Liam Squire carries ball for New Zealand.
Liam Squire debuted for the All Blacks off the bench against Wales in 2016. (Photo by Phil Walter/Getty Images)

“I didn’t know how to, all of a sudden, deal with this added pressure of people asking what was going on. I was never especially keen on it going public because I didn’t feel like it was anyone’s business but my own.

“My way to cope with it was to shut up shop and not talk to anyone. I felt a little bit frustrated that a lot of people kept pushing at what was going on, rather than just letting me sort my own stuff out and focus on what I needed to do.”

While Squire was fit and ready to join the Highlanders on the second leg of their tour to South Africa, having spent some time working with Hansen and All Blacks mental skills coach Gilbert Enoka, Mauger decided that waiting a few weeks to reintegrate the flanker was a better strategy. For every match that Squire was absent, however, the attention grew.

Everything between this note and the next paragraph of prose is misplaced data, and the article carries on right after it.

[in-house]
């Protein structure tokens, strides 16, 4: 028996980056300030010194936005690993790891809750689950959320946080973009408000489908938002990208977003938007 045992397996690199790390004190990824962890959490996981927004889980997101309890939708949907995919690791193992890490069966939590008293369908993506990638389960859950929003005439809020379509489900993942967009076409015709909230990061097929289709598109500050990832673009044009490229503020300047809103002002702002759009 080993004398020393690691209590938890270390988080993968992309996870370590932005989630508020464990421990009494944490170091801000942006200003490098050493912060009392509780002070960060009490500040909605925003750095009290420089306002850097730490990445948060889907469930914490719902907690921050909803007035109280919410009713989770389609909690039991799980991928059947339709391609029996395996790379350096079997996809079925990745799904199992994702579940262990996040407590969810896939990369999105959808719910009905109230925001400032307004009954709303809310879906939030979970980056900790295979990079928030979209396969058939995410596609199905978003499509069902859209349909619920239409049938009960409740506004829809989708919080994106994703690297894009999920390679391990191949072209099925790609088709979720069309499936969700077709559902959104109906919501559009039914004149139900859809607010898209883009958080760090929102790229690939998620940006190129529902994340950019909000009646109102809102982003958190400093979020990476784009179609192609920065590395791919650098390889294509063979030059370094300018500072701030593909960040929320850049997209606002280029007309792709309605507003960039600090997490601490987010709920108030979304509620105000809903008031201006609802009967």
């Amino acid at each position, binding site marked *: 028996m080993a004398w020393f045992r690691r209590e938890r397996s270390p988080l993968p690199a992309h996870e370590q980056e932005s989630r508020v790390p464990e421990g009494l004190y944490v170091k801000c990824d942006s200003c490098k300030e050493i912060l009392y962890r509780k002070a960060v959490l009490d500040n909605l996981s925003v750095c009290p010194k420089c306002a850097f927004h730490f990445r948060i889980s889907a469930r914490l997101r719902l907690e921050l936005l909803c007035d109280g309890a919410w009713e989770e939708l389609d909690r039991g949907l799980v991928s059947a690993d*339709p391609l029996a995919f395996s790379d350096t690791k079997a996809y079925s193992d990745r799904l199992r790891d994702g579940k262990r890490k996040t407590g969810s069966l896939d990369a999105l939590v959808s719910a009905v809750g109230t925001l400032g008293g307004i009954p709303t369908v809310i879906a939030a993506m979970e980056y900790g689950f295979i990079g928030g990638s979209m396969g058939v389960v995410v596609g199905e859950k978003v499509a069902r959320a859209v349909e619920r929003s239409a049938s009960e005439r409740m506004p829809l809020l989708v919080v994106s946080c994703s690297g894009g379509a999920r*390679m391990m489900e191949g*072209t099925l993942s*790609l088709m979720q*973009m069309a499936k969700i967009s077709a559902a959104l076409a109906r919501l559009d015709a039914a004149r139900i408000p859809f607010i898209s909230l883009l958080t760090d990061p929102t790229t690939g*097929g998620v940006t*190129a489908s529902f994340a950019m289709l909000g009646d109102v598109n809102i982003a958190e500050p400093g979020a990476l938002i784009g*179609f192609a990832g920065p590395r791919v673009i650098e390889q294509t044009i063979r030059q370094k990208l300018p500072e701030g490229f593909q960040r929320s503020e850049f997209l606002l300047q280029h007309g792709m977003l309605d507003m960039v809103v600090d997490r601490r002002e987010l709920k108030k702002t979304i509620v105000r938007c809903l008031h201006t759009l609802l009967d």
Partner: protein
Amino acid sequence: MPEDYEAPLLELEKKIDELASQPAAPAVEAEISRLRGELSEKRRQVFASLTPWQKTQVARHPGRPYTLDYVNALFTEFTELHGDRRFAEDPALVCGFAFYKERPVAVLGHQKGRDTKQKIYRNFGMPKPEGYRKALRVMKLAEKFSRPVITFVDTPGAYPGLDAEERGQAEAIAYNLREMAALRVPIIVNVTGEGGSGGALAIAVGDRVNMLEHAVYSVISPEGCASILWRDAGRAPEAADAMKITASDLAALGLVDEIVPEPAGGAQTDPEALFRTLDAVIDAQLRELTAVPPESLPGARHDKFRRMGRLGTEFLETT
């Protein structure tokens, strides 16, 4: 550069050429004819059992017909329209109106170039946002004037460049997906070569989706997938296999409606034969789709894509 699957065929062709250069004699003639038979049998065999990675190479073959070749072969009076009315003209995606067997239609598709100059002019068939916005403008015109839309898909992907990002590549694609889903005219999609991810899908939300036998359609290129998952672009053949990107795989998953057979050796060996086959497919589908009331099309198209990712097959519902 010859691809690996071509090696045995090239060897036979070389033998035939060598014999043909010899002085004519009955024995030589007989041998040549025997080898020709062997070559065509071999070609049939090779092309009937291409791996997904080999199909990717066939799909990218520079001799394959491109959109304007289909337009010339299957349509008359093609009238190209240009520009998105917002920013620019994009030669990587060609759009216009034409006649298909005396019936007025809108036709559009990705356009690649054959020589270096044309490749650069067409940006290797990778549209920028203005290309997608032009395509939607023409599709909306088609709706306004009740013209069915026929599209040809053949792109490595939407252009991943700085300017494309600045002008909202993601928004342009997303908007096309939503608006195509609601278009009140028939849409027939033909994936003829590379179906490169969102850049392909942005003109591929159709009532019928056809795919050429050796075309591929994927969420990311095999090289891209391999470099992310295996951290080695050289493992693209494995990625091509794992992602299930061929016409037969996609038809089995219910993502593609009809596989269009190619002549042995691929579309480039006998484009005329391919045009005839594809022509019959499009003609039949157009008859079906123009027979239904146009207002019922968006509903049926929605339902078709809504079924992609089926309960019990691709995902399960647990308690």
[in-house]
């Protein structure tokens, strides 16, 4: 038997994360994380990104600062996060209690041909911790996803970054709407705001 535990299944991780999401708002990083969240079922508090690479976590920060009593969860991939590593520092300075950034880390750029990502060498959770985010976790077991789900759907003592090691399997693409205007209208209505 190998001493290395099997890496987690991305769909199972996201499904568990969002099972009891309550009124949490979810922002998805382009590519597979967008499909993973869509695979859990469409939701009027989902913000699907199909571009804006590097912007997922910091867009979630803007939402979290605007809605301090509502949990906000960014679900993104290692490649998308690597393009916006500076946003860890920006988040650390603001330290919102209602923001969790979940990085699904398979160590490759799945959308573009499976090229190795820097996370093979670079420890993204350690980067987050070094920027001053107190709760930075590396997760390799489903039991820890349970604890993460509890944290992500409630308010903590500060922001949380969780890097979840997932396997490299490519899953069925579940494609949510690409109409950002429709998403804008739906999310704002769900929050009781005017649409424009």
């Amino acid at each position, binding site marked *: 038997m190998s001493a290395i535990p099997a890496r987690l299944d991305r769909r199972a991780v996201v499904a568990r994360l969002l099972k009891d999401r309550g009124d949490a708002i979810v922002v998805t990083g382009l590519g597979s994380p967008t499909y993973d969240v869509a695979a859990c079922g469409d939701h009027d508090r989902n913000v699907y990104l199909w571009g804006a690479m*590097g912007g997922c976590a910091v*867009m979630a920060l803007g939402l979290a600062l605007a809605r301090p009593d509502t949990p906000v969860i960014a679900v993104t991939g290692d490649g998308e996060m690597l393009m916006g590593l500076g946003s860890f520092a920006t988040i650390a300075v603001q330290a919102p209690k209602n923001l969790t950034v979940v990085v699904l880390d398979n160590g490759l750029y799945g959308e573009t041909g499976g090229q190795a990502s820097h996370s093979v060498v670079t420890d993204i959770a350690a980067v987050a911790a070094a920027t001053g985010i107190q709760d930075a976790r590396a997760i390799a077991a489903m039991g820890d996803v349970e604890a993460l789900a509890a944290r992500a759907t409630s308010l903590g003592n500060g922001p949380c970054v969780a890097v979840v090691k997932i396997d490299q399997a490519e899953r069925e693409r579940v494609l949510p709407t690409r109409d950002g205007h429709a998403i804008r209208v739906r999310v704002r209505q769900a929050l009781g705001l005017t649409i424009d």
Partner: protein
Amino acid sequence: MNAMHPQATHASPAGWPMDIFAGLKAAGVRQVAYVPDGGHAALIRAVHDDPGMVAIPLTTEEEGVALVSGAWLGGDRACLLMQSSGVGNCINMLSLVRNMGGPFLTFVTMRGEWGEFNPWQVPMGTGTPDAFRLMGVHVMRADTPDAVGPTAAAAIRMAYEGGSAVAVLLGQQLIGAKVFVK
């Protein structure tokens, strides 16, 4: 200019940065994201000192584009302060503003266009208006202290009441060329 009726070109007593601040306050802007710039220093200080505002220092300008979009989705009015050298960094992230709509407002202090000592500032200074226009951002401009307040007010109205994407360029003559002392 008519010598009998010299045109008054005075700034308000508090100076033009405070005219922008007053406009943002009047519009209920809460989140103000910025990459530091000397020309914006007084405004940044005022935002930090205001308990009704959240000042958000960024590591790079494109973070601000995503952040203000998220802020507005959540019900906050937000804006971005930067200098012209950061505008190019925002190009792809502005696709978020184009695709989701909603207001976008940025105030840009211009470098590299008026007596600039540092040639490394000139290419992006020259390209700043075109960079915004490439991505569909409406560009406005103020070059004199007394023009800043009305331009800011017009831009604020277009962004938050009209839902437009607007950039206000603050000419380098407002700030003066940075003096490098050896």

I was thinking, why am I getting a message from Steve Hansen in the media to call him to say if I’m available or not?

Liam Squire

The coverage only intensified when, come the end of the Super Rugby season, Squire wasn’t named in the first All Blacks squad for the year, having told Hansen that he wasn’t ready to play.

“It got quite frustrating, I felt like every time I opened up the news, there was something about it,” Squire says. “I wasn’t actually talking to any journalists, so I don’t know how they were making up their stories or speculating about it, because I certainly wasn’t saying anything. It was a really strange time.

“The weirdest thing for me was when I saw an article saying something like ‘Steve Hansen is waiting for Liam’s phone call’. I was thinking, why am I getting a message from Steve Hansen in the media to call him [to say] if I’m available or not rather than hearing that directly from him? I found that quite strange.”

The article in question stemmed from Hansen’s comments following the 2019 Rugby Championship, ahead of the selection of the World Cup squad.